Within the pages of this book there is a story told
Of love, adventures, fortunes lost, and a jewel of solid gold…
So begins Kit Williams’ really rather remarkable book Masquerade which, for those either too young to remember or too distant from British shores to have taken an interest, was a story book, art gallery and treasure hunt all in one. Published in 1979 the book was a literary sensation in Britain, and remains a cultural reference point fondly remembered by a entire generation, me included.
Today’s Times and Guardian both carried articles reporting on the anniversary of its publication, and the recent reuniting of the author with the book’s buried treasure: a gem-encrusted gold amulet in the shape of a hare that Kit himself originally crafted. I still have the well-loved copy of the book my family bought in 1979 and vividly recall both the phenomenal amount of excitement its publication generated, and the tantalising words of encouragement printed on the back cover:
The treasure is as likely to be found by a bright child of ten with an understanding of language, simple mathematics and astronomy as it is to be found by an Oxford don.
I was eight in 1979, and by the time the amulet was eventually unearthed some 2½ years later was indeed that ‘bright child of ten’ of which the book spoke. Not that I, or anyone in my family, got close to solving any part of the book’s multi-layered mystery, although the pages of delightfully detailed, devilish and sometimes dark paintings were extremely well-thumbed.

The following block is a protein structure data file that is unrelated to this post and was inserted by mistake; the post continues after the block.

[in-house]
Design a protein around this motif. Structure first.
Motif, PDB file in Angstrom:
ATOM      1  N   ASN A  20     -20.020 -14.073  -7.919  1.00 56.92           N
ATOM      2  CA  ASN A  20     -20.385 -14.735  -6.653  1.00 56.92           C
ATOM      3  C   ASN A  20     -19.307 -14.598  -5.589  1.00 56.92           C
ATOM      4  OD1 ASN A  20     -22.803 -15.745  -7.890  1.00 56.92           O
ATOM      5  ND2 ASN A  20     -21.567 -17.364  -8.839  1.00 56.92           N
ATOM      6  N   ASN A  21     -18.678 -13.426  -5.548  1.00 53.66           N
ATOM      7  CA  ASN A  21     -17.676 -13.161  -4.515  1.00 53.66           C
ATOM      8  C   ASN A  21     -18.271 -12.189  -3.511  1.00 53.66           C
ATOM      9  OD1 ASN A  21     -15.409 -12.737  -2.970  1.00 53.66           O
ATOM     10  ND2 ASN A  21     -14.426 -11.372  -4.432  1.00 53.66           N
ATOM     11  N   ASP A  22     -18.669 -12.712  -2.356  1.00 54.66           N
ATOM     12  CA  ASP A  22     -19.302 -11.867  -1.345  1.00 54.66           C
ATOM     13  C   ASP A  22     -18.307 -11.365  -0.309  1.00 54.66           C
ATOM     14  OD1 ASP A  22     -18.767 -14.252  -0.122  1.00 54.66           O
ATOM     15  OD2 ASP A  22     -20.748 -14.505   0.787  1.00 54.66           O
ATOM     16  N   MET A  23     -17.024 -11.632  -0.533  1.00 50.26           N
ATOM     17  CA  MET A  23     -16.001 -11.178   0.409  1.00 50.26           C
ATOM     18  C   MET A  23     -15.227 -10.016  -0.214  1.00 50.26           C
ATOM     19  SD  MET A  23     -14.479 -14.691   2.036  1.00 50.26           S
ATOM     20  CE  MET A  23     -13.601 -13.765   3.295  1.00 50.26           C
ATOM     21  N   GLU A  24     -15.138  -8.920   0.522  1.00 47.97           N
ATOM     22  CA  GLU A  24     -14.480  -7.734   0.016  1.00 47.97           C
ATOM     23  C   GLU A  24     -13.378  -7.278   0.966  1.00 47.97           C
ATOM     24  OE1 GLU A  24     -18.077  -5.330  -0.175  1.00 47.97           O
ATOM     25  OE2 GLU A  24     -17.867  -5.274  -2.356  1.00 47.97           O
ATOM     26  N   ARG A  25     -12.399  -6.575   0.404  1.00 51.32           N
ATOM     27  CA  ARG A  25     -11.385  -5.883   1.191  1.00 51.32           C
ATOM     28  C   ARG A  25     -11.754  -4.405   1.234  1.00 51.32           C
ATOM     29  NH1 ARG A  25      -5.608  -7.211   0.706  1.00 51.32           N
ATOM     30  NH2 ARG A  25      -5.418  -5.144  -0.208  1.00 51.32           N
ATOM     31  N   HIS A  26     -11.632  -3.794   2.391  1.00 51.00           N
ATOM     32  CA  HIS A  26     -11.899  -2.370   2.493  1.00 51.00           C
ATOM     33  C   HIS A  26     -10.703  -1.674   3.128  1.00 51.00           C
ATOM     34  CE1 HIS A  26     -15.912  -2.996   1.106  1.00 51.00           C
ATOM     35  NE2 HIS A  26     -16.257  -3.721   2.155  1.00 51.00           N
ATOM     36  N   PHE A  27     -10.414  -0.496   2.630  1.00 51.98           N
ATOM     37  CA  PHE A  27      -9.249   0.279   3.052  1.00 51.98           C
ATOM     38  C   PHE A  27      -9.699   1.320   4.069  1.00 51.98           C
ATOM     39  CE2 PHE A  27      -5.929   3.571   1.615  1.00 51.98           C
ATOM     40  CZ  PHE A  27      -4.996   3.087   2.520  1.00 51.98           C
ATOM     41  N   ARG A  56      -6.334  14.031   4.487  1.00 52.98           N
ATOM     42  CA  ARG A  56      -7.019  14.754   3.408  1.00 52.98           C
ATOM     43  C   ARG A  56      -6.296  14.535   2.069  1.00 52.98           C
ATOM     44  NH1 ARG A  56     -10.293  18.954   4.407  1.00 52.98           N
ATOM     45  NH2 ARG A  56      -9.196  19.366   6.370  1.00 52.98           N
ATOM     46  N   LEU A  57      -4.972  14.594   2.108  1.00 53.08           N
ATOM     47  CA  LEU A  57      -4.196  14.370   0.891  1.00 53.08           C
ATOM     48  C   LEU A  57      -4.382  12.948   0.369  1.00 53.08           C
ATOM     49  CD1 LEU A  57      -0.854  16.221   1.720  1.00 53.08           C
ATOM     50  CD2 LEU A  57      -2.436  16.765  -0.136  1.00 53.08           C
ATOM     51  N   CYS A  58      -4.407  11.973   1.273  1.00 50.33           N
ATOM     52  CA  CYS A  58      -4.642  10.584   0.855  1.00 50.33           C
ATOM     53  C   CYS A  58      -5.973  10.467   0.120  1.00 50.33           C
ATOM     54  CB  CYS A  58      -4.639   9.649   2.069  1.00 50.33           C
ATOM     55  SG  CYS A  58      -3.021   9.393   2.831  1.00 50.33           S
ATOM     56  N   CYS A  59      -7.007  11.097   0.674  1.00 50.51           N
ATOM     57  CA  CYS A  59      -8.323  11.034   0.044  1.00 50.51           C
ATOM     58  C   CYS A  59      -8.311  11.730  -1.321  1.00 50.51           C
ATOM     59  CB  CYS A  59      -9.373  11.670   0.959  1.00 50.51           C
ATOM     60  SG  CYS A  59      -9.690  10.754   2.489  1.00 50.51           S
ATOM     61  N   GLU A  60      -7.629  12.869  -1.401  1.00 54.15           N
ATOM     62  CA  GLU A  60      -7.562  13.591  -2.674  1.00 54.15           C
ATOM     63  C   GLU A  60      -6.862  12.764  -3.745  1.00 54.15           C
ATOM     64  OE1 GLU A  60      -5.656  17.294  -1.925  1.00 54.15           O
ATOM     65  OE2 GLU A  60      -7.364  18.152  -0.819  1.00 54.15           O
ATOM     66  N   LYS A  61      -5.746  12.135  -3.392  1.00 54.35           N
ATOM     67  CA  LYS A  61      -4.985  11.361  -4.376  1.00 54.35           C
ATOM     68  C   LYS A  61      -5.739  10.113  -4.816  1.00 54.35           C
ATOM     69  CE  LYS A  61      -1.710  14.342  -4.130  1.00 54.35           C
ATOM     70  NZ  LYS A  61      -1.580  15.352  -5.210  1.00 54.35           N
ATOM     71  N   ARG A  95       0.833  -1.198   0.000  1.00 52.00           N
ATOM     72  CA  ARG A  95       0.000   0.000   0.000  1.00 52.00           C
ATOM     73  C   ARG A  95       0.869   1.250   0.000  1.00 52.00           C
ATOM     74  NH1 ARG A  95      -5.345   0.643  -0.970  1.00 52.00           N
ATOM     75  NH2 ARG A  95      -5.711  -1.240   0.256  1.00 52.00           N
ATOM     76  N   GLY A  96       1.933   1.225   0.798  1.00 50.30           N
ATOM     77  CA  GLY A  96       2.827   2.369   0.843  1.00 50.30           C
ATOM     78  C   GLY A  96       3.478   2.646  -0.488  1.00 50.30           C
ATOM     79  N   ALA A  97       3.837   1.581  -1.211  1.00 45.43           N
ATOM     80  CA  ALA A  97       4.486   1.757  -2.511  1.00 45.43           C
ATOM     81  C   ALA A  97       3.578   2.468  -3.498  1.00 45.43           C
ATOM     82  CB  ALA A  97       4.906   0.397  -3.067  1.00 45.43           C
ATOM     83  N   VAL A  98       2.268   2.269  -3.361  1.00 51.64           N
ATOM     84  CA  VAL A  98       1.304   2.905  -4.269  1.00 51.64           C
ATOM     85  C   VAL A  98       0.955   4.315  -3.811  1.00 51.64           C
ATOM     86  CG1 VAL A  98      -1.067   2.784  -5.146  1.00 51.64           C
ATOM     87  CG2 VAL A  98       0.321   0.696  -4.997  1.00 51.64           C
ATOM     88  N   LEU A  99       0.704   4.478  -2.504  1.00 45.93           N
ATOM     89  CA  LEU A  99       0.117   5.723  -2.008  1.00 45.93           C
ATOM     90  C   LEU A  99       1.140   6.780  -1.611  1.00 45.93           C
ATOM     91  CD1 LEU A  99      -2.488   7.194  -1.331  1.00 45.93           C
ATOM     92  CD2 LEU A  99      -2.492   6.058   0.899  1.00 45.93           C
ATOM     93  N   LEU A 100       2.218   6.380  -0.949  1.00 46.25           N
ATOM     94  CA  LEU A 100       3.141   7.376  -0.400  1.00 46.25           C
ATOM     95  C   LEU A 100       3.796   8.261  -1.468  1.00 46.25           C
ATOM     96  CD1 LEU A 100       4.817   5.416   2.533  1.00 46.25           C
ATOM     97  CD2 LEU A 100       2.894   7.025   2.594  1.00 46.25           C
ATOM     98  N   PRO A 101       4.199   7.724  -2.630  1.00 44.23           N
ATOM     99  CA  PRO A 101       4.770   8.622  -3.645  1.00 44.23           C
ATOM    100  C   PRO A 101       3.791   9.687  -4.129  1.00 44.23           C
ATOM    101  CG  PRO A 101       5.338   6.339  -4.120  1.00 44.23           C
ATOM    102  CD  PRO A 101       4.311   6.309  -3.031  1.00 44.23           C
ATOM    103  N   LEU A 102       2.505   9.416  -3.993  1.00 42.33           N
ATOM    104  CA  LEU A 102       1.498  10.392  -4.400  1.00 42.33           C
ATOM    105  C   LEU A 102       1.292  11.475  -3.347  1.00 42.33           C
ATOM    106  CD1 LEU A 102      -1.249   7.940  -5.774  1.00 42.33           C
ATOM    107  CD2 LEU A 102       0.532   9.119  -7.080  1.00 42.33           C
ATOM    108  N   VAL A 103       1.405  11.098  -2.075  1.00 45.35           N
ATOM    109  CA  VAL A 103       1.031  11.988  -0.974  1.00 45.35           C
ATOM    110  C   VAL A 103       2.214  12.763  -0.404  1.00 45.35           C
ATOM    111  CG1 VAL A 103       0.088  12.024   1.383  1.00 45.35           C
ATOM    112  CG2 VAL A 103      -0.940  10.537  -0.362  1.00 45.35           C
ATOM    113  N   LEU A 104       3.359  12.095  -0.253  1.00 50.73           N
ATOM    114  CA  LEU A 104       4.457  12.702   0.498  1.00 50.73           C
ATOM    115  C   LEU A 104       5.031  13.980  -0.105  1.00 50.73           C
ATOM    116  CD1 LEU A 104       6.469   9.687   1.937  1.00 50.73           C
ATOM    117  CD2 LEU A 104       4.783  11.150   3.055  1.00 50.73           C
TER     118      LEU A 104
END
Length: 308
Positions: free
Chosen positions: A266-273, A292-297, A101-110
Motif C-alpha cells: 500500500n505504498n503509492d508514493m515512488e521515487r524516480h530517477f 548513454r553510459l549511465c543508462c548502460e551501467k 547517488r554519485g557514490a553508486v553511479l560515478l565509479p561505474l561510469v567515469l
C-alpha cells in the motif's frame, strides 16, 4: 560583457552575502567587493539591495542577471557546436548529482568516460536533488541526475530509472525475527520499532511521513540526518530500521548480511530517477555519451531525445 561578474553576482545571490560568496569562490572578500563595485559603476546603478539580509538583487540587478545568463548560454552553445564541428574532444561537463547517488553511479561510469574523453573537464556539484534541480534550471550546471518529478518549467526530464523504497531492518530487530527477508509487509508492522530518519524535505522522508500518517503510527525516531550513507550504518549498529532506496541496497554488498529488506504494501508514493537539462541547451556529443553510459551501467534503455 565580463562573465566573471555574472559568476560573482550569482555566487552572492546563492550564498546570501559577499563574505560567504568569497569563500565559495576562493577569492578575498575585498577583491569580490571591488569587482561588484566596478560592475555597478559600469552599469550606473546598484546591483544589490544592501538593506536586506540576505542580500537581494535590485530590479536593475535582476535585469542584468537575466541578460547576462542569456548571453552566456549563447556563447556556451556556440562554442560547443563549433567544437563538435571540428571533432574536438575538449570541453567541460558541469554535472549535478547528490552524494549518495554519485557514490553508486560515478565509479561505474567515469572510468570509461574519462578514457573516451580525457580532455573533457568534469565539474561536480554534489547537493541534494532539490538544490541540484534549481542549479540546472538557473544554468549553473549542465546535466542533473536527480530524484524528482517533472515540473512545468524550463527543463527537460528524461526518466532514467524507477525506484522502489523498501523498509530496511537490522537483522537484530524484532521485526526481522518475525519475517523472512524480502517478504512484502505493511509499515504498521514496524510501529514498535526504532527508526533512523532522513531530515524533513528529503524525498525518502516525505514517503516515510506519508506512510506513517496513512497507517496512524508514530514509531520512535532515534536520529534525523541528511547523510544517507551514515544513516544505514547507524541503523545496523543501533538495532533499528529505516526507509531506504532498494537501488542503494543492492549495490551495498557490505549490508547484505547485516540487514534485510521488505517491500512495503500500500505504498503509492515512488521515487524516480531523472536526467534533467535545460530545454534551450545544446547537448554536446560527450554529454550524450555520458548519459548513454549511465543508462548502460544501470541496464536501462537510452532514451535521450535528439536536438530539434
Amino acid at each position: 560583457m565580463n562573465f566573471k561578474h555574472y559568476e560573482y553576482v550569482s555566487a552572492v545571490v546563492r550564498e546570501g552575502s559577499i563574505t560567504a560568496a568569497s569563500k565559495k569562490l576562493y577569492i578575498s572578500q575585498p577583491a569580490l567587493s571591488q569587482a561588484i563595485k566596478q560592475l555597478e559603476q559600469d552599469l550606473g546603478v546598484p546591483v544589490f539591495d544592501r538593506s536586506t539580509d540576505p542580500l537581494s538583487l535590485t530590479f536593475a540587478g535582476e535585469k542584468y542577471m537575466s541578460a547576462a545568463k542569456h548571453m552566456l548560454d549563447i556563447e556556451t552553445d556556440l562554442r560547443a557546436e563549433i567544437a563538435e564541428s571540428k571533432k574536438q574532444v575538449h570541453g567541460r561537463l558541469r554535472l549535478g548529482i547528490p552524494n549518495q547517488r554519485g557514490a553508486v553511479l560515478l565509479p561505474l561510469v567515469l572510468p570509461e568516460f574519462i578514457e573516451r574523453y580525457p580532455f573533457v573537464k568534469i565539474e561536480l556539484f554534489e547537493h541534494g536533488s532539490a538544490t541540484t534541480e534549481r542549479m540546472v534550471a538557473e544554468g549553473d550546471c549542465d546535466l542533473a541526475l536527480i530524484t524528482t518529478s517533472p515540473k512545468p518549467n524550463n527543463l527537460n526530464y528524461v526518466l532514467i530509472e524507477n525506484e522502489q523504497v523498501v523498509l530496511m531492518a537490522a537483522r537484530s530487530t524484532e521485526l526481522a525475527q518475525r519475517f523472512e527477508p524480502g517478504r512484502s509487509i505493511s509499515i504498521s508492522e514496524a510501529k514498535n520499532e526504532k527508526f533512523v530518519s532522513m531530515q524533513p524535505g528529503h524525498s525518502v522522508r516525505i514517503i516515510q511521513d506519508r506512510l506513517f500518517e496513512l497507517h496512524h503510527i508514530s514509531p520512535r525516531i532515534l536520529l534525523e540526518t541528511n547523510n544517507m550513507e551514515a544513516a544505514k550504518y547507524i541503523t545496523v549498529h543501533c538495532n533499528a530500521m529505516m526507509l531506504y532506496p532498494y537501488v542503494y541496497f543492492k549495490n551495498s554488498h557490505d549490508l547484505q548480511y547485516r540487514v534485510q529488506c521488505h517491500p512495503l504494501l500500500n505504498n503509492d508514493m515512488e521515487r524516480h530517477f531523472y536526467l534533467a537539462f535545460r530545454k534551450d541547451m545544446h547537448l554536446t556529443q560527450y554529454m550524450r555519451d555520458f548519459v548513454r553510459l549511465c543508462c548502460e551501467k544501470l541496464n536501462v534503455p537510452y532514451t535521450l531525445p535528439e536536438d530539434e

If you have never heard of Masquerade, nor of the scandal that followed, then Wikipedia does a good job of explaining some of the finer points. The story of the book is, after all, just as fascinating as the book’s story, if you get my meaning.
Kit was unprepared for the book’s notoriety; and perhaps even wished he had never had his — quite literally! — harebrained idea. But the world would be a poorer place without such endeavours, and the fact that the Guardian chose to feature the article on their front page is a testament to the remarkable and lasting impact of the author’s vision. In the autumn the BBC is to screen a new documentary on the book and its legacy; catch it if you can!
My undimmed nostalgia for the book may be gilt-edged by idyllic memories of my own bucolic childhood, but it warms my heart to see the book remembered, and to read how Kit Williams was finally reunited, and perhaps reconciled, with the golden hare he buried 30 years ago.
The best of men is only a man at best,
And a hare, as everyone knows, is only a hare.